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Biotechnol Biofuels. 2016 Jun 16;9:125. doi: 10.1186/s13068-016-0536-8. eCollection 2016.

Strain and bioprocess improvement of a thermophilic anaerobe for the production of ethanol from wood.

Author information

1
Mascoma Corporation, 67 Etna Rd, Lebanon, NH 03766 USA ; Thayer School of Engineering, Dartmouth College, 14 Engineering Drive, Hanover, NH 03755 USA.
2
Mascoma Corporation, 67 Etna Rd, Lebanon, NH 03766 USA ; Verdezyne, Carlsbad, CA USA.
3
Mascoma Corporation, 67 Etna Rd, Lebanon, NH 03766 USA ; Novogy Inc, Cambridge, MA 02138 USA.
4
Mascoma Corporation, 67 Etna Rd, Lebanon, NH 03766 USA.
5
Thayer School of Engineering, Dartmouth College, 14 Engineering Drive, Hanover, NH 03755 USA ; Bioenergy Science Center, Oak Ridge, TN USA.
6
Mascoma Corporation, 67 Etna Rd, Lebanon, NH 03766 USA ; Genzyme, Cambridge, MA USA.
7
Mascoma Corporation, 67 Etna Rd, Lebanon, NH 03766 USA ; Myriant Corporation, Quincy, MA USA.
8
Mascoma Corporation, 67 Etna Rd, Lebanon, NH 03766 USA ; Washington, DC, USA.
9
Mascoma Corporation, 67 Etna Rd, Lebanon, NH 03766 USA ; Nalco Champion, Houston, TX USA.
10
Bioenergy Science Center, Oak Ridge, TN USA ; Biosciences Division, Oak Ridge National Laboratory, Oak Ridge, TN USA.
11
Mascoma Corporation, 67 Etna Rd, Lebanon, NH 03766 USA ; Thayer School of Engineering, Dartmouth College, 14 Engineering Drive, Hanover, NH 03755 USA ; Bioenergy Science Center, Oak Ridge, TN USA.
12
Mascoma Corporation, 67 Etna Rd, Lebanon, NH 03766 USA ; Novozymes Inc, Davis, CA USA.

Abstract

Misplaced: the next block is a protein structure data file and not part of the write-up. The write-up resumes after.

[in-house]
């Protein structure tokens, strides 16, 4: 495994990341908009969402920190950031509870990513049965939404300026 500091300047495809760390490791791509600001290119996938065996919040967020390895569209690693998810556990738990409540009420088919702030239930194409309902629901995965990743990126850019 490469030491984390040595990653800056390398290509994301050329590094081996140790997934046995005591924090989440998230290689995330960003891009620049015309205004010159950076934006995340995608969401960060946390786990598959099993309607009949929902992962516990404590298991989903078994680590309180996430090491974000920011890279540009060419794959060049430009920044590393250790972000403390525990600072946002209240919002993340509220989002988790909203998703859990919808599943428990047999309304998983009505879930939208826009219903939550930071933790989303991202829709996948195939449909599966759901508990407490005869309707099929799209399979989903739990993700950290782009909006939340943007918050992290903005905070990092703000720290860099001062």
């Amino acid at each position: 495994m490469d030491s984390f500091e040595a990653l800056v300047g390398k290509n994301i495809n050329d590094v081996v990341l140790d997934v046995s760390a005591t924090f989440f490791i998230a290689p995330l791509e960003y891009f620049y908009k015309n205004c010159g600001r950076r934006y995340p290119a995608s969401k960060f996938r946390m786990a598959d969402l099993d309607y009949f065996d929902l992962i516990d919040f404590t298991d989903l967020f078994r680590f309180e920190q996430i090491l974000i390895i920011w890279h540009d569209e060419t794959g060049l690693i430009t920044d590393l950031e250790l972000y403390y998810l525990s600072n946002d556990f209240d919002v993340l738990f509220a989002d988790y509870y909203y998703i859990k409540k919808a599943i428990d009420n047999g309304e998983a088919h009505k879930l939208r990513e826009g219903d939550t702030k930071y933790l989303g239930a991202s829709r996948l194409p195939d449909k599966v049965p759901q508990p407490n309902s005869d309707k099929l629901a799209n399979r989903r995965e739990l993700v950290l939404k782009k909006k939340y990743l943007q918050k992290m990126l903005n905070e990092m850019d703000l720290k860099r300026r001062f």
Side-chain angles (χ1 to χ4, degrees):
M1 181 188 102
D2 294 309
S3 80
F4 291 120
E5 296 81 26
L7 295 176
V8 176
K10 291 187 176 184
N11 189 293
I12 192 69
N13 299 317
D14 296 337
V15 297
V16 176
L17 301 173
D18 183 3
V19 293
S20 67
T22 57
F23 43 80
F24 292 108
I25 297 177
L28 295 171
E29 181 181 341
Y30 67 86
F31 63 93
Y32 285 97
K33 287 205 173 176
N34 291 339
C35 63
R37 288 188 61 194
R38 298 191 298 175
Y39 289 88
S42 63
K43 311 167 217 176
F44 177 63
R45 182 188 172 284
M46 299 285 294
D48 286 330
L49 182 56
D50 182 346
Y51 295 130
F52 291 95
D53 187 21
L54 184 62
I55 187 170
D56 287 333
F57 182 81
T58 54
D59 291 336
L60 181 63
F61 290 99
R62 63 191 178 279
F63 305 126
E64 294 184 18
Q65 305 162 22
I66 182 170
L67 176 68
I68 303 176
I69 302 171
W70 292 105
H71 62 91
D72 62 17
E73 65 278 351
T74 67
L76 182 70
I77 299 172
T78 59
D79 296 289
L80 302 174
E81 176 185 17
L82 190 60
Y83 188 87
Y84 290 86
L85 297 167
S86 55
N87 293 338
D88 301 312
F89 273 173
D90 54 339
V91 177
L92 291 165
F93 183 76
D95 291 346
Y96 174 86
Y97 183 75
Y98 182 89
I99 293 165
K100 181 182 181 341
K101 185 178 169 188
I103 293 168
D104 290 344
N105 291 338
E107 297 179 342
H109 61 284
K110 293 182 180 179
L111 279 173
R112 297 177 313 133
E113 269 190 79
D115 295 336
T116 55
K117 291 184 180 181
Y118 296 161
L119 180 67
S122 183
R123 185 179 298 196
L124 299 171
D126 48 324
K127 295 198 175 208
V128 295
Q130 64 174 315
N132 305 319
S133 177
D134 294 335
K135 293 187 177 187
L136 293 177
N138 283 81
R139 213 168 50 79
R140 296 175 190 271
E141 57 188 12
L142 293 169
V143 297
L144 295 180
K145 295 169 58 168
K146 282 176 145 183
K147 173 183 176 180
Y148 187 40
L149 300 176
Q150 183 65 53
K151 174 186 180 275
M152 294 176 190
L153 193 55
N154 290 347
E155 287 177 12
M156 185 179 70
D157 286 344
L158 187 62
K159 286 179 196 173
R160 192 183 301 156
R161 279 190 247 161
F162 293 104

BACKGROUND:

The thermophilic, anaerobic bacterium Thermoanaerobacterium saccharolyticum digests hemicellulose and utilizes the major sugars present in biomass. It was previously engineered to produce ethanol at yields equivalent to yeast. While saccharolytic anaerobes have been long studied as potential biomass-fermenting organisms, development efforts for commercial ethanol production have not been reported.

RESULTS:

Here, we describe the highest ethanol titers achieved from T. saccharolyticum during a 4-year project to develop it for industrial production of ethanol from pre-treated hardwood at 51-55 °C. We describe organism and bioprocess development efforts undertaken to improve ethanol production. The final strain M2886 was generated by removing genes for exopolysaccharide synthesis, the regulator perR, and re-introduction of phosphotransacetylase and acetate kinase into the methyglyoxal synthase gene. It was also subject to multiple rounds of adaptation and selection, resulting in mutations later identified by resequencing. The highest ethanol titer achieved was 70 g/L in batch culture with a mixture of cellobiose and maltodextrin. In a "mock hydrolysate" Simultaneous Saccharification and Fermentation (SSF) with Sigmacell-20, glucose, xylose, and acetic acid, an ethanol titer of 61 g/L was achieved, at 92 % of theoretical yield. Fungal cellulases were rapidly inactivated under these conditions and had to be supplemented with cellulosomes from C. thermocellum. Ethanol titers of 31 g/L were reached in a 100 L SSF of pre-treated hardwood and 26 g/L in a fermentation of a hardwood hemicellulose extract.

CONCLUSIONS:

This study demonstrates that thermophilic anaerobes are capable of producing ethanol at high yield and at titers greater than 60 g/L from purified substrates, but additional work is needed to produce the same ethanol titers from pre-treated hardwood.

KEYWORDS:

Bioprocess development; Cellulosic ethanol; Consolidated bioprocessing; Metabolic engineering; Organism development; Thermophilic bacteria

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